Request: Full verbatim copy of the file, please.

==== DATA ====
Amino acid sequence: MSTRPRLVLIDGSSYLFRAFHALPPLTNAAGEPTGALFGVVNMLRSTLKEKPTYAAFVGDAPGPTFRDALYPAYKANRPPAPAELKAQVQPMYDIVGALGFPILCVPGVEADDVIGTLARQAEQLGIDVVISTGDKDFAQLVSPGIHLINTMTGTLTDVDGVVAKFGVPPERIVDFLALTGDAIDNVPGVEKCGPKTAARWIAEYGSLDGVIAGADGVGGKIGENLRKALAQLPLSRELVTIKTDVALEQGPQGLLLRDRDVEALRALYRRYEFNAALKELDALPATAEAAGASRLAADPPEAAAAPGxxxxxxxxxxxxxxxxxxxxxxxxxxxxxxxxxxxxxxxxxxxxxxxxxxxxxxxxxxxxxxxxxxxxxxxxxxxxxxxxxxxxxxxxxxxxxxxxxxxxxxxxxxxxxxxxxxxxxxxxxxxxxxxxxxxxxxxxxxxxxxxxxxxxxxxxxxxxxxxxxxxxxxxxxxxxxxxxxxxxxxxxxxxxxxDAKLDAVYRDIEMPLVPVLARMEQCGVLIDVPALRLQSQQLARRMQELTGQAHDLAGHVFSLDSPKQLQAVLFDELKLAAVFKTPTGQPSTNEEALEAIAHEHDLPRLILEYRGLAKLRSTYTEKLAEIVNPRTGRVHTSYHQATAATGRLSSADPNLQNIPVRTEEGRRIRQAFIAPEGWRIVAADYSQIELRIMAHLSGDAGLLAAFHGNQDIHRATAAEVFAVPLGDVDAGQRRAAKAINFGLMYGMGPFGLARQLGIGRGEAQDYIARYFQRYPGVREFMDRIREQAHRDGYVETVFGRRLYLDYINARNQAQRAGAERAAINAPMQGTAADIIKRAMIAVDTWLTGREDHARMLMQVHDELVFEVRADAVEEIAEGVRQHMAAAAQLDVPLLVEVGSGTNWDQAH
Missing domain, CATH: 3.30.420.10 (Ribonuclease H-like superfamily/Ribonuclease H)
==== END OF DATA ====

Amino acid sequence: MSTRPRLVLIDGSSYLFRAFHALPPLTNAAGEPTGALFGVVNMLRSTLKEKPTYAAFVGDAPGPTFRDALYPAYKANRPPAPAELKAQVQPMYDIVGALGFPILCVPGVEADDVIGTLARQAEQLGIDVVISTGDKDFAQLVSPGIHLINTMTGTLTDVDGVVAKFGVPPERIVDFLALTGDAIDNVPGVEKCGPKTAARWIAEYGSLDGVIAGADGVGGKIGENLRKALAQLPLSRELVTIKTDVALEQGPQGLLLRDRDVEALRALYRRYEFNAALKELDALPATAEAAGASRLAADPPEAAAAPGxxxxxxxxxxxxxxxxxxxxxxxxxxxxxxxxxxxxxxxxxxxxxxxxxxxxxxxxxxxxxxxxxxxxxxxxxxxxxxxxxxxxxxxxxxxxxxxxxxxxxxxxxxxxxxxxxxxxxxxxxxxxxxxxxxxxxxxxxxxxxxxxxxxxxxxxxxxxxxxxxxxxxxxxxxxxxxxxxxxxxxxxxxxxxxDAKLDAVYRDIEMPLVPVLARMEQCGVLIDVPALRLQSQQLARRMQELTGQAHDLAGHVFSLDSPKQLQAVLFDELKLAAVFKTPTGQPSTNEEALEAIAHEHDLPRLILEYRGLAKLRSTYTEKLAEIVNPRTGRVHTSYHQATAATGRLSSADPNLQNIPVRTEEGRRIRQAFIAPEGWRIVAADYSQIELRIMAHLSGDAGLLAAFHGNQDIHRATAAEVFAVPLGDVDAGQRRAAKAINFGLMYGMGPFGLARQLGIGRGEAQDYIARYFQRYPGVREFMDRIREQAHRDGYVETVFGRRLYLDYINARNQAQRAGAERAAINAPMQGTAADIIKRAMIAVDTWLTGREDHARMLMQVHDELVFEVRADAVEEIAEGVRQHMAAAAQLDVPLLVEVGSGTNWDQAH
Missing domain, CATH: 3.30.420.10 (Ribonuclease H-like superfamily/Ribonuclease H)